Discover Common Ground (Solution 4)

21 Oct

Okay, here we go. Day 4…..Solution 4: Discover Common Ground

 It’s kind of getting late in the day, and I’m rushing to get this post up, but I have a good explanation for my procrastination. I spent the morning at the Arizona Head Start Association’s Mental Health Symposium, presenting a workshop on Bringing Boys and Girls Together in the Early Childhood Setting. See…my excuse is relevant. In fact, we spent some time visiting the top ten solutions list during our session, and some great ideas were shared – specifically having to do with guiding kids in finding common ground.

At one point during the workshop we shared different scenarios having to do with kids excluding one another. One of the stories was about a group of girls playing in the loft area of the classroom while a group of boys played below. As the story progressed, the action of the boys’ game took the kids up the stairs where they were stopped by a girl declaring, “No boys allowed!” A piece of background information we shared was that the boys were playing superheroes and the girls had been playing restaurant. When we asked the audience what, if anything, they would do if this was something that was happening in their care, one participant shared the following response:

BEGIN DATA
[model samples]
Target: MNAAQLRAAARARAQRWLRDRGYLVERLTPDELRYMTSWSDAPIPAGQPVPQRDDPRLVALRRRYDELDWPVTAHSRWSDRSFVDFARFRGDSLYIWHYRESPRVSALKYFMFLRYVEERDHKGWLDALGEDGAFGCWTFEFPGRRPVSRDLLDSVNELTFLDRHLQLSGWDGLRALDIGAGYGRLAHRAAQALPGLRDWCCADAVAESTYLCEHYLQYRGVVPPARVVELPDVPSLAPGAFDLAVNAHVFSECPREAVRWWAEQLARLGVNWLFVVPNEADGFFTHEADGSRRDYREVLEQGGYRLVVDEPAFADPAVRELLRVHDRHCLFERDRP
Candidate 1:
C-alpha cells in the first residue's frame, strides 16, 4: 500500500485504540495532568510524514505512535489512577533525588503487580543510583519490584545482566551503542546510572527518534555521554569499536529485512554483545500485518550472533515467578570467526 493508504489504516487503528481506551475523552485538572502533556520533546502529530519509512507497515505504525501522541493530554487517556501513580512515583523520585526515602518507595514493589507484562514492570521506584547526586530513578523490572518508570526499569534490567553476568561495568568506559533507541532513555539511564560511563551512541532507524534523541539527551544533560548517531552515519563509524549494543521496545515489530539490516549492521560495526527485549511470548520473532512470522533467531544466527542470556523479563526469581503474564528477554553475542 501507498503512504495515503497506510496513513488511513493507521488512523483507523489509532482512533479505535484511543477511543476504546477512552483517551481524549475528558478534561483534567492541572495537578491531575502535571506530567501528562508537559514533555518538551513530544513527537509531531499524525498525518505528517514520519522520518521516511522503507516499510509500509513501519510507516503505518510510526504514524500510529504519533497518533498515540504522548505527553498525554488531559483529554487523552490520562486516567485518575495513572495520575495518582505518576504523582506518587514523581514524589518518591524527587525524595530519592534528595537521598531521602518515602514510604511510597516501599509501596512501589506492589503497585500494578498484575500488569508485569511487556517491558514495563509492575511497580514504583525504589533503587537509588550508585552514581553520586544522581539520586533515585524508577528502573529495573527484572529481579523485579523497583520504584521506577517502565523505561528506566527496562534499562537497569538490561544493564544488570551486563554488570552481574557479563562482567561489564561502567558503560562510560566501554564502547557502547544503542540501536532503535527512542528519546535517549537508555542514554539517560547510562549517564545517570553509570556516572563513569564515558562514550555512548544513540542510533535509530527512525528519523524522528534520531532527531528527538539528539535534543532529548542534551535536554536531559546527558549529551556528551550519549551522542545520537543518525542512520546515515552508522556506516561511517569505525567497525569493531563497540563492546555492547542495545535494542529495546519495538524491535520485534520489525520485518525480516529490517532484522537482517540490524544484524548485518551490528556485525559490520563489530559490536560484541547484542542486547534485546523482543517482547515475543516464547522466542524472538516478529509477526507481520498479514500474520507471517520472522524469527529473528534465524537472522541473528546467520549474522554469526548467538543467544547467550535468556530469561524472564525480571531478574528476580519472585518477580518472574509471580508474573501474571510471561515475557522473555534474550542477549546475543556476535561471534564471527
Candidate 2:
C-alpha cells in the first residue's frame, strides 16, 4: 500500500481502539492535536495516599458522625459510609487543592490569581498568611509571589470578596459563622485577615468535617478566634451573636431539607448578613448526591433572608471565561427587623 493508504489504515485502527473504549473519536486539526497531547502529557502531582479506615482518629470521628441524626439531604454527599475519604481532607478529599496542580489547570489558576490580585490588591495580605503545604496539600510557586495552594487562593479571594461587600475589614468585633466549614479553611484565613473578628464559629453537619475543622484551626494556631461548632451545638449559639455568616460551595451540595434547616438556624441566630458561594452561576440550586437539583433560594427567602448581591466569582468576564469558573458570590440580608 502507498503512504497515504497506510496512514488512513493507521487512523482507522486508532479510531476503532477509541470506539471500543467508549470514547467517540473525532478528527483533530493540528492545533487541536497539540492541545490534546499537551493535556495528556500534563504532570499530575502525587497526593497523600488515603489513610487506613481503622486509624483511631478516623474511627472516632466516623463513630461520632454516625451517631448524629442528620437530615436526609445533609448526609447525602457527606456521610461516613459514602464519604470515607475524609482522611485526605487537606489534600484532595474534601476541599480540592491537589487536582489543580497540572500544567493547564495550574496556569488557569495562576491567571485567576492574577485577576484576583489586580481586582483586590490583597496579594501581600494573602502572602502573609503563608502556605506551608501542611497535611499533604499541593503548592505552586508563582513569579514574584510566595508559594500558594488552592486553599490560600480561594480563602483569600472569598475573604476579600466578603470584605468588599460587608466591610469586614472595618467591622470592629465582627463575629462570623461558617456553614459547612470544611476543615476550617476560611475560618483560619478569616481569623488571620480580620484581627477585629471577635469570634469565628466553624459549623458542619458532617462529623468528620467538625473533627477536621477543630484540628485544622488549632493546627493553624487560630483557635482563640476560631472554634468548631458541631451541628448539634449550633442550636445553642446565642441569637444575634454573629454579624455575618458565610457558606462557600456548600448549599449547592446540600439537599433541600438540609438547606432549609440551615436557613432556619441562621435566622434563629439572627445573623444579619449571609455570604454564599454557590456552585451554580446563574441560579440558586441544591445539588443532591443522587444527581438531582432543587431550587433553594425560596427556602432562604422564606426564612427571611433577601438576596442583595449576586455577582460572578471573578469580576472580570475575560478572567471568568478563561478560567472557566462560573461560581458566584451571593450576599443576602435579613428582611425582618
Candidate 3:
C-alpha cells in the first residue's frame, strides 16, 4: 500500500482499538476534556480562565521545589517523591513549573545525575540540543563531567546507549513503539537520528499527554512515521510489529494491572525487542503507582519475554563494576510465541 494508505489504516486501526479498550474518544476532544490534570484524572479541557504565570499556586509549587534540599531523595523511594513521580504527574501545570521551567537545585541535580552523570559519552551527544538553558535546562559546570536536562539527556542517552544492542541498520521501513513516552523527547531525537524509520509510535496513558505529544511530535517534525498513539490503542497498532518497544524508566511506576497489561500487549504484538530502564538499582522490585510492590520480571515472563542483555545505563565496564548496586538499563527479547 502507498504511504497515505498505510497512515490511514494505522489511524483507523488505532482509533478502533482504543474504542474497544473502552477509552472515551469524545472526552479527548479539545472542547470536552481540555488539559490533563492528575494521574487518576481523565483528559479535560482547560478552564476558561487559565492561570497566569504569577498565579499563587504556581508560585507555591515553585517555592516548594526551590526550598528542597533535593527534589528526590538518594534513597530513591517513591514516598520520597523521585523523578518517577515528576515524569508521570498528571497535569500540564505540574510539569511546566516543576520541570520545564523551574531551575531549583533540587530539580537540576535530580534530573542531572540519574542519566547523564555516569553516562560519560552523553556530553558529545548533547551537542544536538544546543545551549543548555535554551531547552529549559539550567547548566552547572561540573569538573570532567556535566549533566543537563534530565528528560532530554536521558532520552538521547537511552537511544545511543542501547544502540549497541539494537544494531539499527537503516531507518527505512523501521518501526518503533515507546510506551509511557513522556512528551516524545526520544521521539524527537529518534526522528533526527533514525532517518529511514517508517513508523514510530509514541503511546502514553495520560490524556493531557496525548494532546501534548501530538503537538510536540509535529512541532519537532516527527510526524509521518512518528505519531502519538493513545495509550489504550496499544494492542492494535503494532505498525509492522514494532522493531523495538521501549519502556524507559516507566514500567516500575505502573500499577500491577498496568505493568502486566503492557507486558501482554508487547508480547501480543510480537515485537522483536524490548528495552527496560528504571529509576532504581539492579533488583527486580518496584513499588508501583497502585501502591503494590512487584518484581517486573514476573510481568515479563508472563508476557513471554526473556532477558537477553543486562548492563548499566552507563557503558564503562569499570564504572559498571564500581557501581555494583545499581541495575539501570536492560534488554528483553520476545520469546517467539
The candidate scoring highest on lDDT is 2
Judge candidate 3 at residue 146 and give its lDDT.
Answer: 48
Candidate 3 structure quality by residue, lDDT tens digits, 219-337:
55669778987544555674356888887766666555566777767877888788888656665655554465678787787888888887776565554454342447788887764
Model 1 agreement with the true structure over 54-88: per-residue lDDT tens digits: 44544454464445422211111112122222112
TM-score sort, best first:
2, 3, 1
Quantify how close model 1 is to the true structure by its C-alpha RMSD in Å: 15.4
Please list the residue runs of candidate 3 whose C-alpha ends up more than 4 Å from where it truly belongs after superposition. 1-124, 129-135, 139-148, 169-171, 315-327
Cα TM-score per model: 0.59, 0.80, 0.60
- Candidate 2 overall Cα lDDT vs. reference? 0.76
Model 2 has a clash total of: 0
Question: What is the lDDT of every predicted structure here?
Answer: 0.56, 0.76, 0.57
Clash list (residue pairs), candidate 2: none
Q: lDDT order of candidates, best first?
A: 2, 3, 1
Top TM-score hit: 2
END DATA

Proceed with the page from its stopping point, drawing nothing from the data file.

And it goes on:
Well superheroes have to eat too, don’t they? I would probably praise the kids for creating such a fine food establishment.  After all, it isn’t everyday that you have superheroes waiting to dine in your restaurant. I would maybe even encourage the kids to work together to come up with a menu suitable for these action heroes who likely had worked up an appetite fighting crime and what have you…..

It was brilliant. What a great, creative way to bring kids together. Through modeling and guiding, we can help kids discover ways to integrate each other’s ideas. And I think we can all pretty much agree that positive reinforcement is the glue that holds many great happenings together and keeps kids coming back for more.

So whether it is the creation of a whole new game or simply pointing out, “Hey Sarah, you know who also loves animals? Justin!” we can help boys and girls discover some common ground and encourage them to engage in positive ways.

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